On Convoys: In Memory of Festus Iyayi, Winner of the 1988 Commowealth Prize for Literature By Pius Adesanmi


cart13aug-029c“There is Elizabeth Udoudo, a mother of two children aged five and three years respectively. Sometime in February 2008, this woman and her children had the temerity to share the road with the convoy of state governor in Lagos. Permit me to enter some details on the psychology of Nigerian convoys for the benefit of our Canadian friends in this audience. That is what you call a motorcade here in Canada and also in the United States. Purely ceremonial here, the motorcade wears a human face and respects ordinary Canadians and extant speed limits. I have always argued that the convoy is Nigeria’s worst postcolonial tragedy. The convoy of the Nigerian government official is obscene ostentation, intimidation, unbridled arrogance, and abject alienation from the people. It is an isle of inebriation by power, an oasis of total lawlessness. In his convoy, the Nigerian government official – often an empty barrel also known locally as a “Big Man”, “Chief”, “Alhaji” or a combination of all three – is no longer human. The speed limit of his convoy is determined by how far the speedometer of each constituent bullet-proof SUV can go.

President Obama’s convoy comprises his limo, a decoy limo, one or two media buses and a few police outriders on motorcycles. That is the length of the convoy of a self-respecting Local Government Chairman in Nigeria. At higher levels, a respectable convoy should be at least one kilometer long. I am not going to tell you the price they normally invoice for an SUV. You will have a heart attack. I am not going to mention the soldiers and/or stern mobile police men wielding AK-47s and horse whips. I am not going to tell you that many Nigerians have been crushed by the convoys of our lawless and inhumane rulers over the years. The Nigerian convoy of course comes with the sort of siren blaring that you people here associate with the emergency services: police, ambulance, and fire engines. When you see a convoy and hear the wailing siren in Nigeria, you jump into a ditch or drive your car quickly off the road for the man of power to pass undisturbed by the people he is supposed to be serving. When the people of Nigeria eventually wake up, the convoy will be one of the first targets of their ire. It is one symbol of oppression that they need to take out. Violently if necessary.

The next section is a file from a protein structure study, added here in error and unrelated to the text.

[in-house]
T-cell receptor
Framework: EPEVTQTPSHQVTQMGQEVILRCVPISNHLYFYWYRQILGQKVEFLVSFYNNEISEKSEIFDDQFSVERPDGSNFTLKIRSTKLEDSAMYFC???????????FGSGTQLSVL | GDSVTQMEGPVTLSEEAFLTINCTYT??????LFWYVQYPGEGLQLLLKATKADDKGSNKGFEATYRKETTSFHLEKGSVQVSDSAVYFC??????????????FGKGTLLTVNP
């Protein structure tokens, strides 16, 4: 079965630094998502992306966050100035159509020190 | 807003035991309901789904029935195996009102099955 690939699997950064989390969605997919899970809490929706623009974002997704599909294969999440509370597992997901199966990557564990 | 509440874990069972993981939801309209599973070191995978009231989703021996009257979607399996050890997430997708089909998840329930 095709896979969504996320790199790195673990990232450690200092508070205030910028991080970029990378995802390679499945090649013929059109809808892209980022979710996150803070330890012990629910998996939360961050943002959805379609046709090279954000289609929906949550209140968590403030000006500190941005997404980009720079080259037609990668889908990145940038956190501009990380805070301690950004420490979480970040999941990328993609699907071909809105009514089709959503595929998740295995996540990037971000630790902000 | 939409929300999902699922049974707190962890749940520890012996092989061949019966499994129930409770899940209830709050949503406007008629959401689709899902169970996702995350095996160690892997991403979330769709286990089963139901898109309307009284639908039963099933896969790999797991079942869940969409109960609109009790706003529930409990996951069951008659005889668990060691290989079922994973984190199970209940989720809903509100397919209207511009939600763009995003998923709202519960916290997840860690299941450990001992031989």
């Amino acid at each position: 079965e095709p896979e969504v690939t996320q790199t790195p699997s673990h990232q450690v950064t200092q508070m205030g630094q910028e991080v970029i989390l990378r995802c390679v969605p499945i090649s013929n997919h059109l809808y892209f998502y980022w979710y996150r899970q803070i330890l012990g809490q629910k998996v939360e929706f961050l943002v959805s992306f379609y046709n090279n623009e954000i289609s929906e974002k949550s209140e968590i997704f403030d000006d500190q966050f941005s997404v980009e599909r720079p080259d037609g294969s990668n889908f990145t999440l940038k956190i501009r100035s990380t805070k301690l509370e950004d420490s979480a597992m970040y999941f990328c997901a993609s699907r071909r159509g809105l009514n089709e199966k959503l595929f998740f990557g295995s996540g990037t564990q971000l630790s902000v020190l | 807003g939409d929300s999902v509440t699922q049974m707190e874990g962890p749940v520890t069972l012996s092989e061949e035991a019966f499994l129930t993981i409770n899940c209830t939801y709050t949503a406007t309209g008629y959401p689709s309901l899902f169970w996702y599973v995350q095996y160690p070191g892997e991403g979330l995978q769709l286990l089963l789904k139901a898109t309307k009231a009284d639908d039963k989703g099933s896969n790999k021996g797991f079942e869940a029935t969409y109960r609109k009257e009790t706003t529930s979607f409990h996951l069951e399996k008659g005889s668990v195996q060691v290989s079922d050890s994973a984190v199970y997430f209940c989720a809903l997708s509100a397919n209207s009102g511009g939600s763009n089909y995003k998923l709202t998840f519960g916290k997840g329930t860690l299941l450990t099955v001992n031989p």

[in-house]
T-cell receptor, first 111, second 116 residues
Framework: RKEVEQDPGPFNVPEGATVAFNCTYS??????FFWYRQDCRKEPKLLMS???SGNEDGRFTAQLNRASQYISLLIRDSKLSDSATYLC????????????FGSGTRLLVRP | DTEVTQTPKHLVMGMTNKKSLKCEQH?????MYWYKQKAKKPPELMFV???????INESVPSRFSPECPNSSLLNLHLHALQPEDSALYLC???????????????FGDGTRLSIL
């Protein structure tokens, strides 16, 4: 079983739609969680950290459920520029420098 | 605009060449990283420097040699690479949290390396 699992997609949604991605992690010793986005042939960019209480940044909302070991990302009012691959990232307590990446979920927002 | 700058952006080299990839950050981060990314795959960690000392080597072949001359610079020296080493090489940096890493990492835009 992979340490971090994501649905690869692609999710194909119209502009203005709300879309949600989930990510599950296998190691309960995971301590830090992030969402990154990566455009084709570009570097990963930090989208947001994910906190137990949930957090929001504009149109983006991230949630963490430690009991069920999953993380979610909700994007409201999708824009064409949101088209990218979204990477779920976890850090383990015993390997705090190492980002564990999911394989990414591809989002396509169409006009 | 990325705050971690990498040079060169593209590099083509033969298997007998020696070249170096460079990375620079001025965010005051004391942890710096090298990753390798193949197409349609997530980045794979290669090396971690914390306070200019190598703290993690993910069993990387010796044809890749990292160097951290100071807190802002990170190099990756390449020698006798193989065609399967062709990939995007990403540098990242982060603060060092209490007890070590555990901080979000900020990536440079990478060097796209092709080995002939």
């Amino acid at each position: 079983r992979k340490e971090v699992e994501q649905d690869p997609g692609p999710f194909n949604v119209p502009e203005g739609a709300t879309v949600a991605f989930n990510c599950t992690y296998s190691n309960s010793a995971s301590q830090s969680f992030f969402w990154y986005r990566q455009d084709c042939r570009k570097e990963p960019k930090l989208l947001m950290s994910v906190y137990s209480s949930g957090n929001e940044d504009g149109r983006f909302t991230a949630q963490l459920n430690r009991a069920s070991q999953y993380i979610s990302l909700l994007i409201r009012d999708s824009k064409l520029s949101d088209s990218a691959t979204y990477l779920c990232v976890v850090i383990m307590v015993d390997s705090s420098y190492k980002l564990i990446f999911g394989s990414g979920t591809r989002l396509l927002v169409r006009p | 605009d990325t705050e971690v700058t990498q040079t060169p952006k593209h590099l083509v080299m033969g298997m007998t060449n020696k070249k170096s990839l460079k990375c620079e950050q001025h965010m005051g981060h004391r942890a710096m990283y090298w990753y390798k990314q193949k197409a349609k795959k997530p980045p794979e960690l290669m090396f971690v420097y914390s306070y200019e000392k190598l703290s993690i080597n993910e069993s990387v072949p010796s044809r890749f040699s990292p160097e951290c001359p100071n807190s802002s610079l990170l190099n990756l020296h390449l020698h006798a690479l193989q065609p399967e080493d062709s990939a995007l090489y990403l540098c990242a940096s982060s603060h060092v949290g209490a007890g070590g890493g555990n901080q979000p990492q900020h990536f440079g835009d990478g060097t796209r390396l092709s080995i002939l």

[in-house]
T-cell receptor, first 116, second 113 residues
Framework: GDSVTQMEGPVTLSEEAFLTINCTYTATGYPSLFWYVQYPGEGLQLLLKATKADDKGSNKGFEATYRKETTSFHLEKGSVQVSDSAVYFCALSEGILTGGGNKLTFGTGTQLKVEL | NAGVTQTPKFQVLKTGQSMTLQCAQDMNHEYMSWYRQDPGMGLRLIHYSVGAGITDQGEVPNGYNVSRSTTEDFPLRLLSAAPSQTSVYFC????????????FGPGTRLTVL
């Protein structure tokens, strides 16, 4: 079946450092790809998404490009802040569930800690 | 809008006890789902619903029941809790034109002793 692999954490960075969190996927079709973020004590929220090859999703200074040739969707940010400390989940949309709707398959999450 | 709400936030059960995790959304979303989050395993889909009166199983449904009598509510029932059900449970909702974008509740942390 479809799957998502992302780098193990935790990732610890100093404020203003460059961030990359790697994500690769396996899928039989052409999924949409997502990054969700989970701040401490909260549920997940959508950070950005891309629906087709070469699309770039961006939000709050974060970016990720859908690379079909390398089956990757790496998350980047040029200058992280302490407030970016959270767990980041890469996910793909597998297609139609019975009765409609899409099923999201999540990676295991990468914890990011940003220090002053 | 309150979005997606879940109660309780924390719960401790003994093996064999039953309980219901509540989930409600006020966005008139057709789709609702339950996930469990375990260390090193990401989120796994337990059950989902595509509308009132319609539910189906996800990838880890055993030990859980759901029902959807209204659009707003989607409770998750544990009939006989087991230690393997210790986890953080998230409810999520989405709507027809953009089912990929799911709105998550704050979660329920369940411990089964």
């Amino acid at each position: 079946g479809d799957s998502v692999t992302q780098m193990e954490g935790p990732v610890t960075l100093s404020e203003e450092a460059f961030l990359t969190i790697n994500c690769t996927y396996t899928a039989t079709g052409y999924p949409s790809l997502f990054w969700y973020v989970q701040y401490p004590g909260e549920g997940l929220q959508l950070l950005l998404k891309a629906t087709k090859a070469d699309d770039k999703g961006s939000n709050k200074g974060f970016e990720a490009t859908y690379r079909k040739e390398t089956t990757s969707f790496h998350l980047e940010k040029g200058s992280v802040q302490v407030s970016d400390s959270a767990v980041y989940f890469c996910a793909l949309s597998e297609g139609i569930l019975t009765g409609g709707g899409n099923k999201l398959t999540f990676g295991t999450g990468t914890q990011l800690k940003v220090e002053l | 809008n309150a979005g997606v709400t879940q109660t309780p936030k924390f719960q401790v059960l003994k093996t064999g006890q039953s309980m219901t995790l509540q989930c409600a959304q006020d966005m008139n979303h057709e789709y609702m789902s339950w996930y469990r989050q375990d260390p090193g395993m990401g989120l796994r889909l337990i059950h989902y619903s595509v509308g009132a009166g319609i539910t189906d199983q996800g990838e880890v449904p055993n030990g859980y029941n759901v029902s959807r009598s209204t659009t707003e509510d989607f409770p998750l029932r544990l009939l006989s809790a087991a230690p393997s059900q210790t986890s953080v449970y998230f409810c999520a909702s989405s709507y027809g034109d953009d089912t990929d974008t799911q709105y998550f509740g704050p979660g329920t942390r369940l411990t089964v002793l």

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My generous recourse to imagery here is to highlight the atmospherics of oppression in which the convoy thrives and also to give you a true portrait of Nigeria’s rulers and government officials since they wear a totally different persona and pretend to be cultured when they are here to interact with you in the West. Don’t ever believe what you see or hear when Nigerian government officials come here grinning from ear to ear. They are just acting for you or, as we say in Nigeria, they are “forming”. That is not who they are back home. They brutalize our people daily. If you belong with the little people, you’d better not mess with the convoy of a Nigerian government official – especially if you are a woman. Elizabeth Udoudo was driving and broke this rule that is so crucial to the architecture of power and democracy in Nigeria.

Governor Ikedi Ohakim of Imo state and his convoy would broach no such violation of the rules of engagement – by a woman for that matter! They stopped the convoy – even time stops when the ego of a big man is at stake in Nigeria – dragged her out of the car and proceeded to beat her black and blue in broad daylight and in the presence of her young children…”

Babatunde Akinsola
Babatunde Akinsolahttps://naija247news.com
Babatunde Akinsola is aNaija247news' Southwest editor. He's based in Lagos and writes on the Yoruba Nation political issues, news and investigative reports

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